At 10:00 A.M. (EDT) this morning, we received a very encouraging report on non-manufacturing activity for the month of August. It marked the 44th consecutive month that economic activity in the services sector grew.
Specifically, the Institute for Supply Management said that non-manufacturing activity registered 58.6 last month, 2.6 percentage points higher than the seasonally adjusted July reading of 56.0; an indication that non-manufacturing expanded at a faster-than-expected pace last month. In addition, the Non-Manufacturing Business Activity Index rose to 62.2, which was 1.8 percentage points above the July tally of 60.4 tally and marked the 49th consecutive month of growth. Moreover, the New Orders Index increased by 2.8 percentage points, to 60.5.
Clearly, non-manufacturing (services) activity has picked up considerably in recent months and is yet another sign, along with the Institute for Supply Management’s companion report on manufacturing activity (issued on Tuesday), that the U.S. economy is firming, even if at a moderate pace right now. This data, which will be closely watched by the Federal Reserve, may also be another indication that the economy may be in good enough shape right now to withstand a likely winding down of the lead bank’s supportive bond-buying program, possible as early as this month. It should be noted that 16 non-manufacturing industries surveyed reported growth in August, while only two saw a contraction in their industries.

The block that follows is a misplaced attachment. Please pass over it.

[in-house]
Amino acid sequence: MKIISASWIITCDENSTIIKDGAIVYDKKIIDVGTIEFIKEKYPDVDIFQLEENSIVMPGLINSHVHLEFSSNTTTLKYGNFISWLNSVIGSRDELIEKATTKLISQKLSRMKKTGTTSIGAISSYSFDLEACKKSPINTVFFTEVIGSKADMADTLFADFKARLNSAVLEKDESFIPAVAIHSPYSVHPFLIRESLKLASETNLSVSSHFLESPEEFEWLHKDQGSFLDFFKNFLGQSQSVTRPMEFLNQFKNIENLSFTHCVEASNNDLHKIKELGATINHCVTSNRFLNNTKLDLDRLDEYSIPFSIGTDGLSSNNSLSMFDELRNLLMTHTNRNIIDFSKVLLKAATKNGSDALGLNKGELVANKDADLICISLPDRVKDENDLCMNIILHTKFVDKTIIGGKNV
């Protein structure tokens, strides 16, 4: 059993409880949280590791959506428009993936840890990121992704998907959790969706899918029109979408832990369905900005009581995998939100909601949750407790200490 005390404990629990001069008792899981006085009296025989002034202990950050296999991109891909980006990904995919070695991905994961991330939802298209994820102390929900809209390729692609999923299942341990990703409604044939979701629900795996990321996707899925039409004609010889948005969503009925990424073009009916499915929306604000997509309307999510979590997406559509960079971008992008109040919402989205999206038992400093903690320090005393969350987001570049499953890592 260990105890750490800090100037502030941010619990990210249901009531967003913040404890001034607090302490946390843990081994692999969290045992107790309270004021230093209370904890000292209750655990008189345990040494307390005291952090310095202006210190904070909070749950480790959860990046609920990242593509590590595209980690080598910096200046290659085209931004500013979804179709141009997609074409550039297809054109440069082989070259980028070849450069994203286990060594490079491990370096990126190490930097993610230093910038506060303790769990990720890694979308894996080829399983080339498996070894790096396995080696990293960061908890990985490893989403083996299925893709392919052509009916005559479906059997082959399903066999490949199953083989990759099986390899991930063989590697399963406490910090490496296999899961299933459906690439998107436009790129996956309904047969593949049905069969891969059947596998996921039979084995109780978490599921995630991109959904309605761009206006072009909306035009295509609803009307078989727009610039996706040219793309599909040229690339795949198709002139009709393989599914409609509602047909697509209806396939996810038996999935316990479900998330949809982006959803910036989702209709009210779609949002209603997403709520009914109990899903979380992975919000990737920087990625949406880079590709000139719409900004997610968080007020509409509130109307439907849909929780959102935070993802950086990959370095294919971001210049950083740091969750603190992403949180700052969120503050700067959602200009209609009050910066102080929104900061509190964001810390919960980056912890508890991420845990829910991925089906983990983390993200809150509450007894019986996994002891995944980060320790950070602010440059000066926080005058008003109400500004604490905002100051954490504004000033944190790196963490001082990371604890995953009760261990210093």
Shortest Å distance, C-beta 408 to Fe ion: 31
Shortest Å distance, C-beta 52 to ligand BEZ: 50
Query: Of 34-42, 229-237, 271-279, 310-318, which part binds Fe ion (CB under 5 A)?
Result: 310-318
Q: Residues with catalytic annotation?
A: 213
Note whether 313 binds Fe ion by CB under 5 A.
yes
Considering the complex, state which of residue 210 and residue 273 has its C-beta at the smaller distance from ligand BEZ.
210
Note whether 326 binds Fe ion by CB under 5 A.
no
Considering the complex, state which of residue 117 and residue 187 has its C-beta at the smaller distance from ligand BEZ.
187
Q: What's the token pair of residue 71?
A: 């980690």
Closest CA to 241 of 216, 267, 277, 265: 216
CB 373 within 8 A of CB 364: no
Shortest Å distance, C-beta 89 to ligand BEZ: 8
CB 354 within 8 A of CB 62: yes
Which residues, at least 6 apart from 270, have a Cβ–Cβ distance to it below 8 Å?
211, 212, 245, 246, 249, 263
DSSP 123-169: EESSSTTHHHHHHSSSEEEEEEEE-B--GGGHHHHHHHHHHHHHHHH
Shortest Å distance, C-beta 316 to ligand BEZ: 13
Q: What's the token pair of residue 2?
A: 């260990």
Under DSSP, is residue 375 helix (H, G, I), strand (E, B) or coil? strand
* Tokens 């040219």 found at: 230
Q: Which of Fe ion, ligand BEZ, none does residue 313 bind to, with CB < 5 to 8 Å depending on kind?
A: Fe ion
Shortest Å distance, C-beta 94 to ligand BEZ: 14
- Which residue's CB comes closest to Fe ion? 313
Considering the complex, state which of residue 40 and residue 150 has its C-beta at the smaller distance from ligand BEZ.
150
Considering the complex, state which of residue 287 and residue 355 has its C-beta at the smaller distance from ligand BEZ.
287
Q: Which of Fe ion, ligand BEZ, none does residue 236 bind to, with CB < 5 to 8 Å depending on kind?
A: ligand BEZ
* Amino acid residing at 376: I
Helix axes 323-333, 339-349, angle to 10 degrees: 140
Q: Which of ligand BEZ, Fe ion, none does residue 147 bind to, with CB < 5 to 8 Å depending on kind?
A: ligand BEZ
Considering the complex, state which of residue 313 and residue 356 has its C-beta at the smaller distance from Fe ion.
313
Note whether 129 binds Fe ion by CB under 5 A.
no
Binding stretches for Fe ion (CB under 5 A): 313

Meantime, perhaps the most encouraging sign in the latest report, particularly from the Federal Reserve’s point of view, was a notable improvement in employment activity. Specifically, the Employment Index increased by 3.8 percentage points to 57.0, indicating expansion in employment for the 13th consecutive month. This reading, coupled with this morning’s report from Automatic Data Processing (ADP) that showed private-sector payrolls increased by 176,000 in August had to be well received by the Federal Reserve, which has the dual mandate to promote full employment and keep prices stable.
All in all, the latest report on non-manufacturing activity was not a game changer, but it does reiterate what we have been saying for quite some time; specifically that the U.S. economy continues to climb at a modest to moderate pace. This, coupled with positive reports last week on consumer confidence and sentiment, are further signs that growth in the ongoing third quarter may be a bit more formidable than previous expectations. It also may present a nice backdrop for which the Federal Reserve to begin dialing back on its quantitative easing measures.
At the time of this article's writing, the author did not have positions in any of the companies mentioned.